And that's where you can see that, where vertical would be the vertical members going up and down your studs and stuff that could be cracking and causing some settlements, so ...
About windows not closing or doors not fitting
When you talked about windows and doors, and I know we talked about this in our previous video but when a house is settling, it's the same thing in terms of the windows not closing properly or the doors not really fitting in? Is that normal as well?
Is it very normal.
It's a really good sign if you've used [00:03:30] to shifting your window back and forth and all of the sudden, it gets a little tougher to do it, then obviously that could be certainly putting pressure on the window and can be causing issues that way.
Again, those adjustments should be able to be easily made by a customer care technician to be able to do that, but it's not unusual.
It's really when it gets to the point where it doesn't move at all, I would say there's more of a concern. Again, there's tolerances that are outlined through the Alberta New Home Warranty, but you shouldn't see anything more than a 16th or an eight of an inch movement in that stuff.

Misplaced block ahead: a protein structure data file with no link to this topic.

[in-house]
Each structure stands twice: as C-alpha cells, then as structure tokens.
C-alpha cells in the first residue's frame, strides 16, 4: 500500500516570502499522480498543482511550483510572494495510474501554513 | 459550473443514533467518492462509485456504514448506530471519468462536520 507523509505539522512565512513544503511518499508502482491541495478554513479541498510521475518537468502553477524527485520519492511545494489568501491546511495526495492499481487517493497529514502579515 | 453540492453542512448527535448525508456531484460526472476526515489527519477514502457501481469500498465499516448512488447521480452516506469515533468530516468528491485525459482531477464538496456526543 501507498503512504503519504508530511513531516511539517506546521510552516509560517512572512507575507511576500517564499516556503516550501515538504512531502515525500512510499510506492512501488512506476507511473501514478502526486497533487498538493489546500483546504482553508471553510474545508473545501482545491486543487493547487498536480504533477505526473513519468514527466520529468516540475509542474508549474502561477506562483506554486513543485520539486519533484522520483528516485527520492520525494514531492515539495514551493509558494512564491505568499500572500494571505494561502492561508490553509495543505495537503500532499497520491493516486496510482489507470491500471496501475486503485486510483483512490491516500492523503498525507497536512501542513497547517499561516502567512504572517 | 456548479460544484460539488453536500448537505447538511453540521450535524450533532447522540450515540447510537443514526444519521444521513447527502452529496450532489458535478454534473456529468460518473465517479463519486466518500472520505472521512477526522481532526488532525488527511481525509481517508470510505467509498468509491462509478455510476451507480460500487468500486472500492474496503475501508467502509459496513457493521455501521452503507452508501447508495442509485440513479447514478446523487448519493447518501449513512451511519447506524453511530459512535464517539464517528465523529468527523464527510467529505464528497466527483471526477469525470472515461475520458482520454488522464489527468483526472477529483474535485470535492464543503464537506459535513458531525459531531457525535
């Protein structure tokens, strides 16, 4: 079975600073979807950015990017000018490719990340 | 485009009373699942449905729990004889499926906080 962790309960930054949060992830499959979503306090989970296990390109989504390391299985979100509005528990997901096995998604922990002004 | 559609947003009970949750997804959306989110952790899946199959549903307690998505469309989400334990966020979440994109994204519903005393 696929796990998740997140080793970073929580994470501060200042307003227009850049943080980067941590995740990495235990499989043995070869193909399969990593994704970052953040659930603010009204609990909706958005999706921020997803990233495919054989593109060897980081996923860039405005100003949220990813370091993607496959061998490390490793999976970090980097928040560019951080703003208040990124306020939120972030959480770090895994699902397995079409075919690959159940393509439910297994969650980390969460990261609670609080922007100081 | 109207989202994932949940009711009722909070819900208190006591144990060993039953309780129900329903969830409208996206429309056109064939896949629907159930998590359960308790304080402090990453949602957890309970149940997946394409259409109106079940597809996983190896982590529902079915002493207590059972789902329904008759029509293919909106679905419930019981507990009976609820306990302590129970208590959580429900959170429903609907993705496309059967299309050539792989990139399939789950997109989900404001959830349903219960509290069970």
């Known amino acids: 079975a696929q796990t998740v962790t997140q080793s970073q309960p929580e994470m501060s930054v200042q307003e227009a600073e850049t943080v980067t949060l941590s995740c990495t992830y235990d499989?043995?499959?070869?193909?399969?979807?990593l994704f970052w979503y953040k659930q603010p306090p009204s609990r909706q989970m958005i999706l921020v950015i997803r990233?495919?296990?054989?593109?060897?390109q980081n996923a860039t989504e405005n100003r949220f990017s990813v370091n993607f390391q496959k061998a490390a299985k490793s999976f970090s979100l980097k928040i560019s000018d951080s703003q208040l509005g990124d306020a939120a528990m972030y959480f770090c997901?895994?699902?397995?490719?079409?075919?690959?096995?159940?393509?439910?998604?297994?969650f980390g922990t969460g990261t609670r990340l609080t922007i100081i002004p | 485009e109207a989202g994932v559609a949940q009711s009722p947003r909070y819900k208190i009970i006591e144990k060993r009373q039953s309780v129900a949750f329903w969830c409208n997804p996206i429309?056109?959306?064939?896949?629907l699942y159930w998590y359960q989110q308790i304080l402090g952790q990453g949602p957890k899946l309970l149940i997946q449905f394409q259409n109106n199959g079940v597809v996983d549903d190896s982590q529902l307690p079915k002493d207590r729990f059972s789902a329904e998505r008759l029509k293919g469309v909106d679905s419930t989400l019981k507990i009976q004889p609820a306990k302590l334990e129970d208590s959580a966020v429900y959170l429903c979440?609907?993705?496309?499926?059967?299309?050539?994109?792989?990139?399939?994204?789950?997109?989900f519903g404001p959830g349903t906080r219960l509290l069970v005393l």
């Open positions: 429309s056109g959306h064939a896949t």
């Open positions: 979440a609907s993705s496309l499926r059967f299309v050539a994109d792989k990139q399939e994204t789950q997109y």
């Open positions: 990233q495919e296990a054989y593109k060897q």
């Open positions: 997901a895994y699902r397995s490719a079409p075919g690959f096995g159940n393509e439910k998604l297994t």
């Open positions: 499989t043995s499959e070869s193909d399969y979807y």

If you do have, then maybe a different discussion at that point in time so.
So how do you know ... I know vertical, horizontal, let's say your drywalls are cracking and it's part of the normal house settling, but
How do know if it's actually just part of the settling or an actual more serious issue?
Again, in more serious issues, you'd see some very significant cracking and a lot of it ...
In houses where we have seen issues, there's probably all kinds of cracking and it's very wide cracks, more than a 16th of an inch, and eighth of an inch.